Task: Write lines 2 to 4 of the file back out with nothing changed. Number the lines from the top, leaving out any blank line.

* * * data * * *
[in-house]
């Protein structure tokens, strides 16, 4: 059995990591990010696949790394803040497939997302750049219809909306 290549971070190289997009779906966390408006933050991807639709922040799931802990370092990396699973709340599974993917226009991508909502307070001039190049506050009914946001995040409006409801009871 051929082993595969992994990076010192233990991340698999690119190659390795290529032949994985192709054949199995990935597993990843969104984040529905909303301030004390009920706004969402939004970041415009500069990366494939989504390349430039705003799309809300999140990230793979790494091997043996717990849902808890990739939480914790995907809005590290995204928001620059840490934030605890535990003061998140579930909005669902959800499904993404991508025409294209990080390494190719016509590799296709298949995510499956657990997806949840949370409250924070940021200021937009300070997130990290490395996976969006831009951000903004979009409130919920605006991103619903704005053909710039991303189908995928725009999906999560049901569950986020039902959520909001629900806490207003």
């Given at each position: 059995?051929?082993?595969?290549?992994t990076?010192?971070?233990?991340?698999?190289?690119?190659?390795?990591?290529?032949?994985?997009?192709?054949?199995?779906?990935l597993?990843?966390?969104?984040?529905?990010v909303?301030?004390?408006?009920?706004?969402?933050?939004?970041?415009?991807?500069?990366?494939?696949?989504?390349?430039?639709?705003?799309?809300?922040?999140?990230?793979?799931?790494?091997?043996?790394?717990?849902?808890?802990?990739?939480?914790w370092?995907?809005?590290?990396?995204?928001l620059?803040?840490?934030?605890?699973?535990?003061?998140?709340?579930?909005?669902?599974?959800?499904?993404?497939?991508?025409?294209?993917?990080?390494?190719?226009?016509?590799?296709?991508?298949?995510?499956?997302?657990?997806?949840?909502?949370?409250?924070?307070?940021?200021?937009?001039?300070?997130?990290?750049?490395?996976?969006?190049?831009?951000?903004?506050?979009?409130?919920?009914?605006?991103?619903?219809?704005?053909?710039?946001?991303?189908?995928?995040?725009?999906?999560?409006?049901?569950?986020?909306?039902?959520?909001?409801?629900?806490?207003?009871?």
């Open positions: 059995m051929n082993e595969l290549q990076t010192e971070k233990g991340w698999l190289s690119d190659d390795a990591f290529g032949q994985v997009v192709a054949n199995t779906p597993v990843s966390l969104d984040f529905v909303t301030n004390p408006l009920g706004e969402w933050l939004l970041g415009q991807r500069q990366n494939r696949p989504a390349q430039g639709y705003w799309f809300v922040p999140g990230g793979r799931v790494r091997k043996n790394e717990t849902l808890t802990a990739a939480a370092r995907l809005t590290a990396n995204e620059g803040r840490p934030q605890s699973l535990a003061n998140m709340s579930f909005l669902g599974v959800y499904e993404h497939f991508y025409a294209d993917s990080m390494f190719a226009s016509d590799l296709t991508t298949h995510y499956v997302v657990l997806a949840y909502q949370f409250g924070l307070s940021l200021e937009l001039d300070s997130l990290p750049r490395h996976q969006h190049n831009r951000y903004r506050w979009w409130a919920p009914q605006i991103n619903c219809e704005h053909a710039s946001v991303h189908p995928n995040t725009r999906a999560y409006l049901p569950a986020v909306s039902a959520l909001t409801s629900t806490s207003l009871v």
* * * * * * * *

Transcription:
């Protein structure tokens, strides 16, 4: 059995990591990010696949790394803040497939997302750049219809909306 290549971070190289997009779906966390408006933050991807639709922040799931802990370092990396699973709340599974993917226009991508909502307070001039190049506050009914946001995040409006409801009871 051929082993595969992994990076010192233990991340698999690119190659390795290529032949994985192709054949199995990935597993990843969104984040529905909303301030004390009920706004969402939004970041415009500069990366494939989504390349430039705003799309809300999140990230793979790494091997043996717990849902808890990739939480914790995907809005590290995204928001620059840490934030605890535990003061998140579930909005669902959800499904993404991508025409294209990080390494190719016509590799296709298949995510499956657990997806949840949370409250924070940021200021937009300070997130990290490395996976969006831009951000903004979009409130919920605006991103619903704005053909710039991303189908995928725009999906999560049901569950986020039902959520909001629900806490207003």
């Given at each position: 059995?051929?082993?595969?290549?992994t990076?010192?971070?233990?991340?698999?190289?690119?190659?390795?990591?290529?032949?994985?997009?192709?054949?199995?779906?990935l597993?990843?966390?969104?984040?529905?990010v909303?301030?004390?408006?009920?706004?969402?933050?939004?970041?415009?991807?500069?990366?494939?696949?989504?390349?430039?639709?705003?799309?809300?922040?999140?990230?793979?799931?790494?091997?043996?790394?717990?849902?808890?802990?990739?939480?914790w370092?995907?809005?590290?990396?995204?928001l620059?803040?840490?934030?605890?699973?535990?003061?998140?709340?579930?909005?669902?599974?959800?499904?993404?497939?991508?025409?294209?993917?990080?390494?190719?226009?016509?590799?296709?991508?298949?995510?499956?997302?657990?997806?949840?909502?949370?409250?924070?307070?940021?200021?937009?001039?300070?997130?990290?750049?490395?996976?969006?190049?831009?951000?903004?506050?979009?409130?919920?009914?605006?991103?619903?219809?704005?053909?710039?946001?991303?189908?995928?995040?725009?999906?999560?409006?049901?569950?986020?909306?039902?959520?909001?409801?629900?806490?207003?009871?």
């Open positions: 059995m051929n082993e595969l290549q990076t010192e971070k233990g991340w698999l190289s690119d190659d390795a990591f290529g032949q994985v997009v192709a054949n199995t779906p597993v990843s966390l969104d984040f529905v909303t301030n004390p408006l009920g706004e969402w933050l939004l970041g415009q991807r500069q990366n494939r696949p989504a390349q430039g639709y705003w799309f809300v922040p999140g990230g793979r799931v790494r091997k043996n790394e717990t849902l808890t802990a990739a939480a370092r995907l809005t590290a990396n995204e620059g803040r840490p934030q605890s699973l535990a003061n998140m709340s579930f909005l669902g599974v959800y499904e993404h497939f991508y025409a294209d993917s990080m390494f190719a226009s016509d590799l296709t991508t298949h995510y499956v997302v657990l997806a949840y909502q949370f409250g924070l307070s940021l200021e937009l001039d300070s997130l990290p750049r490395h996976q969006h190049n831009r951000y903004r506050w979009w409130a919920p009914q605006i991103n619903c219809e704005h053909a710039s946001v991303h189908p995928n995040t725009r999906a999560y409006l049901p569950a986020v909306s039902a959520l909001t409801s629900t806490s207003l009871v």